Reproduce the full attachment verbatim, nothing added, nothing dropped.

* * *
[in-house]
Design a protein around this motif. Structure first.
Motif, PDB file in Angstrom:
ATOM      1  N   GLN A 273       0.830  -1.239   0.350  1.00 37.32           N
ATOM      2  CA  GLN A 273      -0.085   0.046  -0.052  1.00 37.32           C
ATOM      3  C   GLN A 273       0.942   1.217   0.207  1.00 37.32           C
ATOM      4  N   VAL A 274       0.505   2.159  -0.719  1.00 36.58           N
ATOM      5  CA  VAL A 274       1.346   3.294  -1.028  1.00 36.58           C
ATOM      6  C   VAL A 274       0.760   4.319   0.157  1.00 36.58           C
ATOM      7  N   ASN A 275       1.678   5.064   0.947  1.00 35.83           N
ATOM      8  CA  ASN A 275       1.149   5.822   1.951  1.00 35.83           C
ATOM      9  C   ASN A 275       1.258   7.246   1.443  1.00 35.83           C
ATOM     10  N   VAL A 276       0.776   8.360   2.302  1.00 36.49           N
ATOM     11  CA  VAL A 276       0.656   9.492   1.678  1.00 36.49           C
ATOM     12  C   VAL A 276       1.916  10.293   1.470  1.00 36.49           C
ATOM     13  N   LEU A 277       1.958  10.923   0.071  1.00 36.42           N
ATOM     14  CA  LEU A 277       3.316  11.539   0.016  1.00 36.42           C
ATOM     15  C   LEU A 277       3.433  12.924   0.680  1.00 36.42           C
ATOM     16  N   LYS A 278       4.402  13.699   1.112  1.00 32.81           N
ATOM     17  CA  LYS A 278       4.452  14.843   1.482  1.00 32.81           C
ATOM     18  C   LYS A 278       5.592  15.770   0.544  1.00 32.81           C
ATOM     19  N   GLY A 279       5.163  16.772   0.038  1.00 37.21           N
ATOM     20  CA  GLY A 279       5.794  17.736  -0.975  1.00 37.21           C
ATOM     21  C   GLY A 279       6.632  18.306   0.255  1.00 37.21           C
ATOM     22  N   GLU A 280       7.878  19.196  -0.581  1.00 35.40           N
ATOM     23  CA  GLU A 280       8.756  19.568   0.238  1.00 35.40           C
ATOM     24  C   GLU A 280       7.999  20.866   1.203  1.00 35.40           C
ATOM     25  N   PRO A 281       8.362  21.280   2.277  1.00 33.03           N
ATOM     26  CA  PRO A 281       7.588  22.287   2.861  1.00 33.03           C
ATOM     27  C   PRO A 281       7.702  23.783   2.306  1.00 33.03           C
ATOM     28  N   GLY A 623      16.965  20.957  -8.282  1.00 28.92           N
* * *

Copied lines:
[in-house]
Design a protein around this motif. Structure first.
Motif, PDB file in Angstrom:
ATOM      1  N   GLN A 273       0.830  -1.239   0.350  1.00 37.32           N
ATOM      2  CA  GLN A 273      -0.085   0.046  -0.052  1.00 37.32           C
ATOM      3  C   GLN A 273       0.942   1.217   0.207  1.00 37.32           C
ATOM      4  N   VAL A 274       0.505   2.159  -0.719  1.00 36.58           N
ATOM      5  CA  VAL A 274       1.346   3.294  -1.028  1.00 36.58           C
ATOM      6  C   VAL A 274       0.760   4.319   0.157  1.00 36.58           C
ATOM      7  N   ASN A 275       1.678   5.064   0.947  1.00 35.83           N
ATOM      8  CA  ASN A 275       1.149   5.822   1.951  1.00 35.83           C
ATOM      9  C   ASN A 275       1.258   7.246   1.443  1.00 35.83           C
ATOM     10  N   VAL A 276       0.776   8.360   2.302  1.00 36.49           N
ATOM     11  CA  VAL A 276       0.656   9.492   1.678  1.00 36.49           C
ATOM     12  C   VAL A 276       1.916  10.293   1.470  1.00 36.49           C
ATOM     13  N   LEU A 277       1.958  10.923   0.071  1.00 36.42           N
ATOM     14  CA  LEU A 277       3.316  11.539   0.016  1.00 36.42           C
ATOM     15  C   LEU A 277       3.433  12.924   0.680  1.00 36.42           C
ATOM     16  N   LYS A 278       4.402  13.699   1.112  1.00 32.81           N
ATOM     17  CA  LYS A 278       4.452  14.843   1.482  1.00 32.81           C
ATOM     18  C   LYS A 278       5.592  15.770   0.544  1.00 32.81           C
ATOM     19  N   GLY A 279       5.163  16.772   0.038  1.00 37.21           N
ATOM     20  CA  GLY A 279       5.794  17.736  -0.975  1.00 37.21           C
ATOM     21  C   GLY A 279       6.632  18.306   0.255  1.00 37.21           C
ATOM     22  N   GLU A 280       7.878  19.196  -0.581  1.00 35.40           N
ATOM     23  CA  GLU A 280       8.756  19.568   0.238  1.00 35.40           C
ATOM     24  C   GLU A 280       7.999  20.866   1.203  1.00 35.40           C
ATOM     25  N   PRO A 281       8.362  21.280   2.277  1.00 33.03           N
ATOM     26  CA  PRO A 281       7.588  22.287   2.861  1.00 33.03           C
ATOM     27  C   PRO A 281       7.702  23.783   2.306  1.00 33.03           C
ATOM     28  N   GLY A 623      16.965  20.957  -8.282  1.00 28.92           N